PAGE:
Domestic Violence and the Law
If you are in immediate danger, please call 999. You can also call the National Domestic Violence 24-hour helpline on freephone 0808 2000 247.
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In 1981, Theodore Johnson killed his first victim. His wife. He pushed her over the balcony of their ninth-floor flat after smacking her over the head with a vase. His second wife also met a grisly end; she was strangled with a belt after refusing to accept a box of chocolates from him.
Following a two-year stay in a secure psychiatric unit, Johnson was released and went on to kill his third wife.
Katie Ghose, the chief executive of Women’s Aid and a former barrister, told the Guardian that Johnson showed reoccurring patterns of controlling behaviour with all his victims:
“…Johnson… had a controlling relationship with all three of the women he killed. He twice attempted suicide after the killings; most recently he threw himself under a train after he murdered Best, and lost an arm and a hand in the process. These attempts, according to Wilson, are further examples of controlling behaviour. “It’s about him continuing to try to construct a narrative to explain what he did. He is trying to maintain control of the narrative.”
Domestic violence is a life-threatening issue. According to recent femicide census, more than two-thirds of women killed by men were killed by a current or former partner. Two-thirds of the women killed in 2013 were killed in their own home or the home they shared with the perpetrator; 77% of women killed by a former partner were killed in the first year after separation.
What is domestic violence?
Domestic abuse is defined by Women’s Aid (a charity group which fights for women and children subject to abuse) as “an incident or pattern of incidents of controlling, coercive, threatening, degrading and violent behaviour, including sexual violence, in the majority of cases by a partner or ex-partner, but also by a family member or carer.”
Men can also be the victim of domestic violence. According to ManKind, a support organisation for male victims of domestic abuse, for every three victims of domestic abuse, two will be female, one will be male and 13.6% of men stated they had been victims of domestic violence in 2015/16.
Domestic abuse can involve some or all the following:
- coercive control – this is a pattern of behaviour which includes isolating the victim, criticising them, refusing them access to money and threatening physical violence)
- physical violence
- sexual abuse and rape
- financial abuse
- harassment and stalking
- online abuse
Most victims suffer from multiple types of abuse and abusers tend to start off exerting coercive control over the victim before progressing to physical and/or sexual violence.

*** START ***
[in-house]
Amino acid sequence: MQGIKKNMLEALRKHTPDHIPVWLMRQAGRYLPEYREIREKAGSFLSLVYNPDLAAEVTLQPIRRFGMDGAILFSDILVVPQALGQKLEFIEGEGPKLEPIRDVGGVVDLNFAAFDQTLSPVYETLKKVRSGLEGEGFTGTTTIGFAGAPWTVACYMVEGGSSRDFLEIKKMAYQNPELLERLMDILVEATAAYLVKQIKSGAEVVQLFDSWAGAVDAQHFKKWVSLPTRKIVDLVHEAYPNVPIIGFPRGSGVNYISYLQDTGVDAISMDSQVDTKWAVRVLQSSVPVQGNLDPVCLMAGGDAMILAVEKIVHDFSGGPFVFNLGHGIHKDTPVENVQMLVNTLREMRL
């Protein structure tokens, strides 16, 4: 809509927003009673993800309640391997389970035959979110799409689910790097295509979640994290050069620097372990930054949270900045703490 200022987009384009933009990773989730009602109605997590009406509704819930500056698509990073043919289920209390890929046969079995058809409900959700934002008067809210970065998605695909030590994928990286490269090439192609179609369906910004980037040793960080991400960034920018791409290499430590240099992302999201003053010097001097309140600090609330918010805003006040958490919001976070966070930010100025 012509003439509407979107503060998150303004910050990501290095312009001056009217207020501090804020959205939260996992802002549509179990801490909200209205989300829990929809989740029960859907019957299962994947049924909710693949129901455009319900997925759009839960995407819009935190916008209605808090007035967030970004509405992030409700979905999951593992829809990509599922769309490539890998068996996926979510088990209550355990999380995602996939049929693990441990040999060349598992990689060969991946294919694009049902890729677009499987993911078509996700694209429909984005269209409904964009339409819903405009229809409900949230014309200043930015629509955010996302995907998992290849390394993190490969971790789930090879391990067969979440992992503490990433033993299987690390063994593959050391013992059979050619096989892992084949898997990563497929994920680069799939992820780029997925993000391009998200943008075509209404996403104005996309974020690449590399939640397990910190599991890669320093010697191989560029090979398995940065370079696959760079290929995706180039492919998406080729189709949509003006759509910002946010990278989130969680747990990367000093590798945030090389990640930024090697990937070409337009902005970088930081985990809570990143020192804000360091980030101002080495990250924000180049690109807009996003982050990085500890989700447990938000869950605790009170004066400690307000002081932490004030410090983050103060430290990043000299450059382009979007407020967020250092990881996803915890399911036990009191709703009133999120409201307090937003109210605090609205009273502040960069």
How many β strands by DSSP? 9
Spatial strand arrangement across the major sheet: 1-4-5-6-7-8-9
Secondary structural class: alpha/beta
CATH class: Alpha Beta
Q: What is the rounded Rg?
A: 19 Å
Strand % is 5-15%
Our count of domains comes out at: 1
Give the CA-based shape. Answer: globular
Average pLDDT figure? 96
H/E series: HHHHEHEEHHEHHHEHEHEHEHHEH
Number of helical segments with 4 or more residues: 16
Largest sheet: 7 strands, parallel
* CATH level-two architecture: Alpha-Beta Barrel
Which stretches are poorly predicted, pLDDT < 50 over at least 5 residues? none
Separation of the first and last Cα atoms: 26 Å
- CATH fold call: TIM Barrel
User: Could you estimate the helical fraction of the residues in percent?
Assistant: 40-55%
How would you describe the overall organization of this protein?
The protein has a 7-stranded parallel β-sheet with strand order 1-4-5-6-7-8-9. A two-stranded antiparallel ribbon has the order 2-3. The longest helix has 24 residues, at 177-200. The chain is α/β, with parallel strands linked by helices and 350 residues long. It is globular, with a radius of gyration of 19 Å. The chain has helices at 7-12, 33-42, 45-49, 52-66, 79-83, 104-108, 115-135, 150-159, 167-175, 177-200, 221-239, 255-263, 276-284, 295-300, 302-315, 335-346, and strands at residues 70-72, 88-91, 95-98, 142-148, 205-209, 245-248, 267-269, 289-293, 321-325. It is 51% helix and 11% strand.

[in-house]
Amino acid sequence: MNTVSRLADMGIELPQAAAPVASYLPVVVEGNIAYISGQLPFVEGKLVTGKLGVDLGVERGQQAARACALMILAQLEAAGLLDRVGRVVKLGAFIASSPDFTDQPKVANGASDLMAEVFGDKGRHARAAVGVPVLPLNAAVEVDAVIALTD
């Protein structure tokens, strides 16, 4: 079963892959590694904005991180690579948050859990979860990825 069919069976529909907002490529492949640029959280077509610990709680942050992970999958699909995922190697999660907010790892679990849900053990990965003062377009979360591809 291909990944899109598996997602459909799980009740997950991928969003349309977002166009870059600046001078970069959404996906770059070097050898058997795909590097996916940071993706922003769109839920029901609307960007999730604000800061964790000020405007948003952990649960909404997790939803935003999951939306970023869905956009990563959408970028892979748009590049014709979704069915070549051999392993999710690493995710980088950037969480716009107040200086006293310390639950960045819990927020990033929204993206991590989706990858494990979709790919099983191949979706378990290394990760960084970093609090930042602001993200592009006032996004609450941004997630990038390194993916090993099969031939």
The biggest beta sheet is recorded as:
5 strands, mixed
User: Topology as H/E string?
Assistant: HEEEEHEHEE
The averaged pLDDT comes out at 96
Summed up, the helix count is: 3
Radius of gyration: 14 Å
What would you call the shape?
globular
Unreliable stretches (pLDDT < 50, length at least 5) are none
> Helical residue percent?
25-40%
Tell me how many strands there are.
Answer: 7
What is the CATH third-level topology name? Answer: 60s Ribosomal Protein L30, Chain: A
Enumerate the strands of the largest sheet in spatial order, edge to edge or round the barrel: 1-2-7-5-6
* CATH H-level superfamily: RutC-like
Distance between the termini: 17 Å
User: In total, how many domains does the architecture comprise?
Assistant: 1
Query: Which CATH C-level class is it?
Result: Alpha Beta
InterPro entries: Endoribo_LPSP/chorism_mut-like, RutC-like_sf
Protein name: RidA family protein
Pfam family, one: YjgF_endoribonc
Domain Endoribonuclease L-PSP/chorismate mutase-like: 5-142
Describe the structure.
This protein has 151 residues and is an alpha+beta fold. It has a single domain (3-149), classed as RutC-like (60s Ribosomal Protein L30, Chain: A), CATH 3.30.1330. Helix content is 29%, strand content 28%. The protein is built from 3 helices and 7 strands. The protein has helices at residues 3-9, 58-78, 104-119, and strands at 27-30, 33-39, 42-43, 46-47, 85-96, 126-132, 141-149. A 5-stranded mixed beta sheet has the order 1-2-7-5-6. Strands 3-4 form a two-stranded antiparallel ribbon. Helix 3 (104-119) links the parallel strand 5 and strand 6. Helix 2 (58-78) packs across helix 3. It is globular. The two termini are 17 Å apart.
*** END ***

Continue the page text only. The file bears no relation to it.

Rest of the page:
What legal options are available for victims of domestic violence?
The two main protections for domestic violence victims and their children are non-molestation orders and occupation orders.
A non-molestation order confers protection on family members, including children or people in a domestic relationship, against the use of violence or other forms of molestation by a person with whom they are associated. There are eight classes of applicants who are associated persons, including married or divorced couples, civil partners and engaged or formerly engaged couples.
To apply for a non-molestation order, you need to complete form FL401 and make two copies. You must also include a witness statement which explains what has happened to you and why you need a non-molestation order to be made. The witness statement should be completed with the following statement; “I believe that the facts stated in this witness statement are true”, and then signed and dated.
Non-molestation orders can be applied for either ex-parte or on-notice. Ex-parte means making the application without the affected party’s knowledge and is mainly used in cases where the applicant is in immediate danger. However, it will not become active until it is officially served upon the respondent.
When considering an application for a non-molestation order, the court will consider all aspects of the case, including the safety and well-being of any children involved.
Breaching any term of a non-molestation order is a criminal offence.
An occupation order is an order primarily determining a right to occupy a property. The court may declare, confer or regulate occupation rights in the family home between family members or those involved in a domestic relationship. Occupation orders usually last for 6-12 months, but can be renewed.
Occupation orders can state:
- who may live in the property
- if someone is excluded from entering the property even if they have a legal right to live there
- who will pay the mortgage/rent and other bills in relation to the property
- if both parties stay in the property, it can set out which areas of the house each one is to occupy
Excluding a person from residing in a home they legally own is seen as a draconian measure, therefore, an occupation order will only be issued as a last resort. However, like a non-molestation order, an occupation order can be applied for ex-parte.
Getting legal advice and support
It is imperative to get the best advice from an experienced London family solicitor if you are applying for a non-molestation order or an occupation order. This is especially the case if you are applying ex-parte, as the court will need to see strong evidence that such an order is required to be granted without giving the respondent an opportunity to present their case.
OTS Solicitors is one of the most respected Immigration and family law firms in London and is highly recommended by the Legal 500. By making an appointment with one of our Family Solicitors, you can be assured of receiving some of the best legal advice available in the UK today.